Policy matters, even when you’re in R&D

by Sarah Miers

Nov 04, 2019

Sanku policy blog

You’re working hard to hone your solution, to make it simple and cheap enough to replicate. Policy seems like something far away – something you might consider once you have significant traction and are going big. You’re not planning to scale through government, anyway, so why worry about politics when you’re in R&D?

If your goal is scale, we’d encourage you to think about it from day one.

The need for this is more obvious in sectors where government plays a significant role as your Doer or Payer, like healthcare and education. In these scenarios, you might aim to integrate your solution into government policy or potentially train the government to deliver it. But even if you aren’t hoping that government will eventually adopt, replicate or pay for your model, government priorities and policies (favorable or unfavorable) can greatly affect your ability to push forward. A recent visit to Tanzania with some of our portfolio organizations really brought this to light.

Let’s first take a look at Sanku, a micronutrient fortification organization in Tanzania. Their approach is to get “dosifiers” – machines that mix a precise dose of micronutrients into flour during the milling process – into the hands of small millers to ensure that grain in last mile communities have the essential nutrients to improve families’ nutrition. Their solution is not tied to government – it operates in the market. Nonetheless, policy plays a crucial role for the potential for their solution to scale. The government is serious about compliance with fortification laws, but only mandates that small mills fortify when a critical mass is available in the local market. As the only current option for small mill fortification, this has huge implications for Sanku’s scale prospects. If they can help a district reach critical mass, then their job gets a whole lot easier – it becomes compulsory rather than voluntary for small mills to fortify, which should give them a boost in sales. Of course the question of actual enforcement at the local level is still on the table, but national fortification policies can create an enabling environment for their solution to truly take off.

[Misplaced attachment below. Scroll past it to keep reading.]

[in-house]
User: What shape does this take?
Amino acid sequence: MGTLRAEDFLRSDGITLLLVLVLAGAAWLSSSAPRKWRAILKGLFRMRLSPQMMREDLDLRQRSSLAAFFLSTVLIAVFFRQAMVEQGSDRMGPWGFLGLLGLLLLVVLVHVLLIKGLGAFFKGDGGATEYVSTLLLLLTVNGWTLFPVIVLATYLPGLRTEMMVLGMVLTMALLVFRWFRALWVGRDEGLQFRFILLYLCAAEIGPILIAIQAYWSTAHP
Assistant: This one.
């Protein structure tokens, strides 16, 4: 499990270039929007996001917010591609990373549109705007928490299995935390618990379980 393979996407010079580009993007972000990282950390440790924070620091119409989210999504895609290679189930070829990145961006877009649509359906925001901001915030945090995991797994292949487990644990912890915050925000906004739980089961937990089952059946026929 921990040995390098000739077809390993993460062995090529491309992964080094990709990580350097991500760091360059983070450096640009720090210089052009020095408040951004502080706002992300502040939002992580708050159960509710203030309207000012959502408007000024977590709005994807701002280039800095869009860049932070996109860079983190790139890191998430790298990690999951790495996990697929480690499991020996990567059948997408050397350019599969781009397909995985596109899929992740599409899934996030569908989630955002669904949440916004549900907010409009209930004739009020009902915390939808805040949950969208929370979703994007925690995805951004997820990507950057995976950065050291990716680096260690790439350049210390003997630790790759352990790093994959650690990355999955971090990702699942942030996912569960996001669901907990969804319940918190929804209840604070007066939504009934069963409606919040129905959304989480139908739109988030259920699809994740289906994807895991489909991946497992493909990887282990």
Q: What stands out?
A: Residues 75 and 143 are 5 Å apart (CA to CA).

But what if policies undermine your solution or your work? We’re seeing this happen with our two media-based portfolio organizations in Tanzania. Increasing government media censorship – such as the suspension of all birth control related media content on TV and radio – has affected what content they can air and the resulting impact they will have. As free media is increasingly under threat, so is their ability to scale in that market.

So, what can you do when you’re still early stage? Here are some ideas to get you started:

  1. Get your grounding. The first step is just knowing the relevant laws and people who influence them. If you haven’t already, identify and prioritize the essential policies needed to get your solution to scale and the individuals that affect these policy decisions. Behavior change is key here - just like any organization, government is made up of a bunch of people – know who the key decision makers are and what may influence their behavior (check out our behavior change resourcesfor help). A few tips: